The growing global health crisis surrounding the outbreak of the coronavirus disease (COVID-19) has created an information environment ripe for manipulation by actors seeking to further their political and economic goals.
The virus, which originated in China’s Hubei Province, has since spread throughout the world. To date, 265,495 cases and 11,147 deaths have been confirmed. It is believed that the coronavirus first spread to the Middle East and North Africa region in late January or early February when it reached the Iranian city of Qom, a popular Shi’a pilgrimage site. Since then, the country of 89 million has become a new epicenter. With a total of 1,433 confirmed deaths and 19,644 confirmed cases, including those of a number of high-profile government officials (such as the deputy health minister), the virus has created a national emergency and sparked anxiety throughout the region. The outbreak is by no means limited to Iran, however, and the Gulf states also have a growing number of cases: 274 in Saudi Arabia, 460 in Qatar, and 285 in Bahrain. As the disease continues to spread and more tests are administered, these numbers will likely increase.*
Governments are accused of downplaying the potential impact of coronavirus for political and economic reasons. Iran’s Feb. 21 parliamentary elections may have played a role in the virus’s swift contagion. The government’s fear of low voter turnout led state-run media to understate the severity of the situation, despite evidence of widespread infection. When turnout for the elections was only 42.6 percent, Ayatollah Ali Khamenei, in a lecture on Feb. 23, blasted “enemies” for “negative propaganda” that kept voters at home.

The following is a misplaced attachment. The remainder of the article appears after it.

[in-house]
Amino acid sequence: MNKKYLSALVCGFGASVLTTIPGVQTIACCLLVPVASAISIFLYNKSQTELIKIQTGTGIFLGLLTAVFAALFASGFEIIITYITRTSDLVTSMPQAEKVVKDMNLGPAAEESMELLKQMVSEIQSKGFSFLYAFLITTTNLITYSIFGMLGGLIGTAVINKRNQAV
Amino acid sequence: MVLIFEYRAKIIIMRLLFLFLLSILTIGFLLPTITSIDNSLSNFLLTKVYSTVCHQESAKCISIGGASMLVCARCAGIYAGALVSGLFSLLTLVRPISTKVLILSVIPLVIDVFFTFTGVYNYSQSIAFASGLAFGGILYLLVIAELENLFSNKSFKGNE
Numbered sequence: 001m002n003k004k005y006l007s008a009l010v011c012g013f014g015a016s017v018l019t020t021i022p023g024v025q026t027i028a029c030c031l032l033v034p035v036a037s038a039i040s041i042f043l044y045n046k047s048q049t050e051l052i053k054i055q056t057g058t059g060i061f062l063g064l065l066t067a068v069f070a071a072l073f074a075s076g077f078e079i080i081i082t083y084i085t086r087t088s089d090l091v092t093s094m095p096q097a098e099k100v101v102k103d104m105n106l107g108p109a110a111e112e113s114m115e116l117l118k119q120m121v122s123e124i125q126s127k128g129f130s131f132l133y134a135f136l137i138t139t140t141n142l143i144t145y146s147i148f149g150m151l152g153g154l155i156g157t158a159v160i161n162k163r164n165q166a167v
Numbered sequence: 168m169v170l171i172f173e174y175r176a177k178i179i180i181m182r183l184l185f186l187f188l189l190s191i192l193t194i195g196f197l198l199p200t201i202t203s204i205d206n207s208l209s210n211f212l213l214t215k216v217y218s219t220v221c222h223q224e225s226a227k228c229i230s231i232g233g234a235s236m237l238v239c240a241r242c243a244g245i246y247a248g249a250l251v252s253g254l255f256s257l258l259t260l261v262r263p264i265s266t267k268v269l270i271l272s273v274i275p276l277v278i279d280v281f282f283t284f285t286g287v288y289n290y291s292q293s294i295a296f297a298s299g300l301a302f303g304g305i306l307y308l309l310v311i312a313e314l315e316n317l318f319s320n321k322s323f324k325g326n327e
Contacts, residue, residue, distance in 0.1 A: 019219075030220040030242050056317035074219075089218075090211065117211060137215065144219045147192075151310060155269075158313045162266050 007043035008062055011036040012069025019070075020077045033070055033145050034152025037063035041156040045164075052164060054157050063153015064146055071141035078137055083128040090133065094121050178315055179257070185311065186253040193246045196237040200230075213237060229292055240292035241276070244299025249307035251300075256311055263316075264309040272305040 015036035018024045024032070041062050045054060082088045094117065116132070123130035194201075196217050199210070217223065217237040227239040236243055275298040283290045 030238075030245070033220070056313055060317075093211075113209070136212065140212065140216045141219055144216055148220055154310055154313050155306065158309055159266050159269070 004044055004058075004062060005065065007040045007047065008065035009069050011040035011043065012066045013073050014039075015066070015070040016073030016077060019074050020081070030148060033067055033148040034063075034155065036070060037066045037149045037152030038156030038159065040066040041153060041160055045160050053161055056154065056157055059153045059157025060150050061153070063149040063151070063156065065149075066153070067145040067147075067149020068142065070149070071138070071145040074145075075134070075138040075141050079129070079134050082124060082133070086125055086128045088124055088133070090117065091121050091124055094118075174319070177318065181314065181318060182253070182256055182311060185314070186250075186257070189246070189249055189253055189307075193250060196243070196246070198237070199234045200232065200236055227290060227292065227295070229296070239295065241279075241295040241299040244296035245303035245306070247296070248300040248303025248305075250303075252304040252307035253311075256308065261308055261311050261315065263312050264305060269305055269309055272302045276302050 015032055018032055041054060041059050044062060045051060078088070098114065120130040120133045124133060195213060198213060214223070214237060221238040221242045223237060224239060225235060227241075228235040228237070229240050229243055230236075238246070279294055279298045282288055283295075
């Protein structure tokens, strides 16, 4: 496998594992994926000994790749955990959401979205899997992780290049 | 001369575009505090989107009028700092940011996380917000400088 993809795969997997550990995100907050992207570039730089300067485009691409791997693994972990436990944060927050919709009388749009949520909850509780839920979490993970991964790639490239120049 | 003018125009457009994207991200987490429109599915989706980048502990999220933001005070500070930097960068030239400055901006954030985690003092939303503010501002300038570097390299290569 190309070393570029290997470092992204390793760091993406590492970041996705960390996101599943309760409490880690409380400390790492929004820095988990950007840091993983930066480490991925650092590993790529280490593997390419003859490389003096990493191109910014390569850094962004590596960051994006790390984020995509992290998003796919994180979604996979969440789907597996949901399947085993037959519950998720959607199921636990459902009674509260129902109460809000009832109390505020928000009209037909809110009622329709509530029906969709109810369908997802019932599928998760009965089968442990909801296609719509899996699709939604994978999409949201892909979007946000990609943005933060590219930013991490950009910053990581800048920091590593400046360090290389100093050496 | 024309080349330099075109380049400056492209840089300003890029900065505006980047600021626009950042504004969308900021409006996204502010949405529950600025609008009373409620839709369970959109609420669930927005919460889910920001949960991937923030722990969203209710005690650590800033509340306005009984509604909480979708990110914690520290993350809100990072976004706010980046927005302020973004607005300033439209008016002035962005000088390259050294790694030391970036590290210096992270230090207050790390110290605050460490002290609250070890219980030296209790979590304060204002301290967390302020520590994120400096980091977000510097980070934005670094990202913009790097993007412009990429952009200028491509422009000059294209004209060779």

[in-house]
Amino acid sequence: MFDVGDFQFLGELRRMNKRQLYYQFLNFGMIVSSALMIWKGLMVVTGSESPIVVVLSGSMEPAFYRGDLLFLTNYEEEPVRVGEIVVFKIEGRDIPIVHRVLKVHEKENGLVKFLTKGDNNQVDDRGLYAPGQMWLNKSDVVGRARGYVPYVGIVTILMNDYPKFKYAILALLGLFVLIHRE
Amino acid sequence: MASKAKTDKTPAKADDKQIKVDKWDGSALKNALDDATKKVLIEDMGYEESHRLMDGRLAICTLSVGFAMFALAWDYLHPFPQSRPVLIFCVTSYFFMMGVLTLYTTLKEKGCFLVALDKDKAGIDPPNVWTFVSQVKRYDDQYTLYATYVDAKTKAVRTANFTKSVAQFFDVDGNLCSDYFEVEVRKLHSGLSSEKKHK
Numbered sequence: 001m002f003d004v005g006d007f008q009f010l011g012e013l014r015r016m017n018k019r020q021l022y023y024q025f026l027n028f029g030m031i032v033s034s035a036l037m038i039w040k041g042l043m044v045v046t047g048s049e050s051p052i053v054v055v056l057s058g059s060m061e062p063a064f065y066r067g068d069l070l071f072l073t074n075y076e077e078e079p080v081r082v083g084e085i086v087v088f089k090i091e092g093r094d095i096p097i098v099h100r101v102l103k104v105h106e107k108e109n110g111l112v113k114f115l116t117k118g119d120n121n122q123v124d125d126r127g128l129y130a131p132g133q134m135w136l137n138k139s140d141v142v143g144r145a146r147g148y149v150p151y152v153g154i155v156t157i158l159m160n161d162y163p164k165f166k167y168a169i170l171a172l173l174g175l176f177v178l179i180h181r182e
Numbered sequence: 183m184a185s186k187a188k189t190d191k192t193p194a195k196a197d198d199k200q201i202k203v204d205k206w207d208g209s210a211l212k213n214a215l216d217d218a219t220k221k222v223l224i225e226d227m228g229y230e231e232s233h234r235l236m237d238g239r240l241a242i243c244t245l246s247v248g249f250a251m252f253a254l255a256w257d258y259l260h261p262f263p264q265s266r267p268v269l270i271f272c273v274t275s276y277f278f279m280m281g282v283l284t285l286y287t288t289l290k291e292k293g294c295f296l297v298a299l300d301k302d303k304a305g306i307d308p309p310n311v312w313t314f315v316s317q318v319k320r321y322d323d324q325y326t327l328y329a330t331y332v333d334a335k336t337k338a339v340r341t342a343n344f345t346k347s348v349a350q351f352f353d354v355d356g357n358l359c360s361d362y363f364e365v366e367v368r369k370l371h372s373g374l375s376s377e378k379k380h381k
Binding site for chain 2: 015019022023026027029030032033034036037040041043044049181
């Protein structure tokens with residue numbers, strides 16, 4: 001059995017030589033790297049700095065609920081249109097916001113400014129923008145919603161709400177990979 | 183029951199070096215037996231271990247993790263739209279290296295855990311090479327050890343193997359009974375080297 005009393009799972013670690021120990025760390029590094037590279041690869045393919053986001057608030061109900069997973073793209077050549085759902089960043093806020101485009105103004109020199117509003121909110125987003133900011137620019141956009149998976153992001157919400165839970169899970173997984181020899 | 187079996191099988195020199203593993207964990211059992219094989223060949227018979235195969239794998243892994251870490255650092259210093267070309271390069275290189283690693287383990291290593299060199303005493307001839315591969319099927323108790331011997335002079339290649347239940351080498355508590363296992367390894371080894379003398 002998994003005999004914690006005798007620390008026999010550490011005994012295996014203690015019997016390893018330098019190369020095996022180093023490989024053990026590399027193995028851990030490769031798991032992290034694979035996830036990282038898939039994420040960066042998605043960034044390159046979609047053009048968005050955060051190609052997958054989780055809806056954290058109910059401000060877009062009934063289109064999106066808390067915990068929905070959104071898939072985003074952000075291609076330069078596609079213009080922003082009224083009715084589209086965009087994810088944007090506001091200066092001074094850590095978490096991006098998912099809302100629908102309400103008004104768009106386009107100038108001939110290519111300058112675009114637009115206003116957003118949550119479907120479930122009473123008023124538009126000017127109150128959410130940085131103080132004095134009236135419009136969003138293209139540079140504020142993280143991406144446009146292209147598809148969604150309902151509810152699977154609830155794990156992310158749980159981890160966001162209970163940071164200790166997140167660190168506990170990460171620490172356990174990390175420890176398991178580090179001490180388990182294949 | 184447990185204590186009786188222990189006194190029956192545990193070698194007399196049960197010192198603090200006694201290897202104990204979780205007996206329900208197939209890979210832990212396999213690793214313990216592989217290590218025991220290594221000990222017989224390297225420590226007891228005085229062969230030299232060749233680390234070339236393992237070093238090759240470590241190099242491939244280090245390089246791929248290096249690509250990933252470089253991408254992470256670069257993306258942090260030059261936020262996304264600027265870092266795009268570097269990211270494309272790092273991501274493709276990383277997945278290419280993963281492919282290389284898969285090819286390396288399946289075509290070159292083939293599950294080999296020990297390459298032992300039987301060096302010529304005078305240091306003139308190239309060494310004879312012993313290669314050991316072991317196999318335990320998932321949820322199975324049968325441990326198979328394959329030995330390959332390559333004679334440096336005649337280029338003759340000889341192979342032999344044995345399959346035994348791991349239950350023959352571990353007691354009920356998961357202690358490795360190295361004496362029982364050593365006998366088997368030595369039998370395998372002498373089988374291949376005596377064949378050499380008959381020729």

Public statements by business leaders have also attempted to quell anxieties over coronavirus. The CEO of Qatar Airways dismissed the transmission of the coronavirus as a “fear factor" and not a legitimate threat. In Egypt, concerns over the virus’s impact on the tourism industry may have played a role in the government’s muted reporting thus far. While only 256 cases have been officially confirmed in Egypt, University of Toronto researchers estimate the total number of cases to be roughly 6,000.
As seen in Iran and Egypt, authoritarian governments tend to limit transparency around outbreaks to maintain control and keep up the appearance of “business as usual.” These facades are beginning to crumble as the situation grows more severe, however. In Iran one person now dies from the disease every 10 minutes. Still, the government continues to permit large-scale religious gatherings in Qom and allegedly manipulates the official numbers of dead and infected people, according to a report from The New York Times. Muted and muddled initial responses limited the capacity for medical professionals and international organizations to assess and respond appropriately to the pandemic.
A continuation of regional rivalries